Conflicts of Law and Morality

Conflicts of Law and Morality

Conflicts of Law and Morality

Conflicts of Law and Morality

Synopsis

Powerful emotion and pursuit of self-interest have many times led people to break the law with the belief that they are doing so with sound moral reasons. This study, a comprehensive philosophical and legal analysis of the gray area in which the foundations of law and morality clash, views these oblique circumstances from two perspectives: that of the person who faces a possible conflict between the claims of morality and law and must choose whether or not to obey the penal code; and that of the people who make and uphold laws and must decide whether to treat someone with a moral claim to disobey differently from ordinary lawbreakers. In examining the extent of the obligations owed by citizens to their government, Greenawalt concentrates on the possible existence of a single source of obligation that reaches all citizens and all laws. He also discusses techniques of amelioration of punishment for conscientious lawbreakers, asking how far legal systems should go to accommodate individuals who break the law for reason of conscience. Drawing from numerous examples of conflicts between law and morality, Greeawalt illustrates in detail the positions and predicaments of potential lawbreakers and lawmakers alike.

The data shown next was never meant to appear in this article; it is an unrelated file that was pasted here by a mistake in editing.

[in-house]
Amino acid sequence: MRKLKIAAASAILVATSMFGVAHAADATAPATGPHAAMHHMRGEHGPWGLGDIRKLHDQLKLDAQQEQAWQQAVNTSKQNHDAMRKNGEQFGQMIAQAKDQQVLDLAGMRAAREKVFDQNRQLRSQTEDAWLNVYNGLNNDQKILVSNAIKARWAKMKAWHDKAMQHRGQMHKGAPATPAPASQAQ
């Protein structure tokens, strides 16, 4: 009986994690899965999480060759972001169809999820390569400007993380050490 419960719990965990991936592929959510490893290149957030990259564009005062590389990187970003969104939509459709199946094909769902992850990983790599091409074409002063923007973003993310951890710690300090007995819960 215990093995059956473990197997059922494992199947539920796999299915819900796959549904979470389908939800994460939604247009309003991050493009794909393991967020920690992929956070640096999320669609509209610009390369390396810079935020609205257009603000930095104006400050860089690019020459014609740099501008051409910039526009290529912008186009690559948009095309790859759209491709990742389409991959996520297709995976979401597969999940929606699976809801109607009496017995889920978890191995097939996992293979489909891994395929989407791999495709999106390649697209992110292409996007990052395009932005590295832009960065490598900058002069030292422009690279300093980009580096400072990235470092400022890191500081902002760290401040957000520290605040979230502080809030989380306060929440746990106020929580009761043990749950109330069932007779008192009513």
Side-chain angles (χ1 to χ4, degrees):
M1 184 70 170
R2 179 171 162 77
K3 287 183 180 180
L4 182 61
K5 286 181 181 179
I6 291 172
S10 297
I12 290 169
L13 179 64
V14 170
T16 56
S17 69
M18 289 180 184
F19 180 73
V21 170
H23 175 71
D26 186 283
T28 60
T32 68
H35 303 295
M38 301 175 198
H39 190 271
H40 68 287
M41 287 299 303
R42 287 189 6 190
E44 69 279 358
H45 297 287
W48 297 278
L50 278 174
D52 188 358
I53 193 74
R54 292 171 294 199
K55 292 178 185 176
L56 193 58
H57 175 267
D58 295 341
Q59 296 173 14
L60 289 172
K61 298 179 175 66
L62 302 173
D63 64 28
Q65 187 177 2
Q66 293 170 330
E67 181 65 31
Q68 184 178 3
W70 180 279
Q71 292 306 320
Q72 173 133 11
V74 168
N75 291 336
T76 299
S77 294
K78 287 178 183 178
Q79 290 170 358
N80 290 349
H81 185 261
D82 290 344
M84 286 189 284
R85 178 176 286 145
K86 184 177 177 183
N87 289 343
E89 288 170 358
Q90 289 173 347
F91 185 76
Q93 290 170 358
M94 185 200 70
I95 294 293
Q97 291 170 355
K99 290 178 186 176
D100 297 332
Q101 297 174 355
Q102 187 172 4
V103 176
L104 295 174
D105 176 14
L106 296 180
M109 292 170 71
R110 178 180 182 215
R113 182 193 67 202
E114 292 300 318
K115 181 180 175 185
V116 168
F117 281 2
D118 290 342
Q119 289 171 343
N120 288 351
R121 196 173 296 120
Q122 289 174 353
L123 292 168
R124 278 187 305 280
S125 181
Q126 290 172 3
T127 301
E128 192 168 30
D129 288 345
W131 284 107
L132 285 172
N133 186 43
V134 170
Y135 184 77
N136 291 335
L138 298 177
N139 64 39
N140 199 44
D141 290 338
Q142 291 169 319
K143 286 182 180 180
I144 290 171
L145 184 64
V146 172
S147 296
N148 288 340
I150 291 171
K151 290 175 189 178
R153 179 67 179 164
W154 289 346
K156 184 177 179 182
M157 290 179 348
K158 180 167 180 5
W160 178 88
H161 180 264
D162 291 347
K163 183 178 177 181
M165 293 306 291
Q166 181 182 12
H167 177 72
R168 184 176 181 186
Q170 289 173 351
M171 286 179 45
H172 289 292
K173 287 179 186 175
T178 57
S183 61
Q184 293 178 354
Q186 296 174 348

Excerpt

This book aims to bring an understanding of modern legal systems to bear on classic problems of political and moral philosophy, in a way that illuminates choices about obedience to law made by ordinary citizens and officials. Because it combines much of the fruit of my life "in the law" as well as my education and study outside the law, the intellectual debts the book reflects are extensive indeed.

I had the good fortune to be the student of four great teachers of political and legal philosophy: J. Roland Pennock at Swarthmore and Sir Isaiah Berlin, H. L. A. Hart, and John Plamenatz at Oxford. They generated an interest in the question of why citizens should obey the law that has lain dormant for stages of my professional life but has never disappeared. What I have learned about the law from members of the Columbia faculty, initially as student and subsequently as colleague, has added a different dimension to my thought about this subject, one that has been further enriched over the years by exchanges with students in classes and seminars in Jurisprudence and Legal Philosophy, and particularly in a 1984 seminar on Conflicts of Law and Morality.

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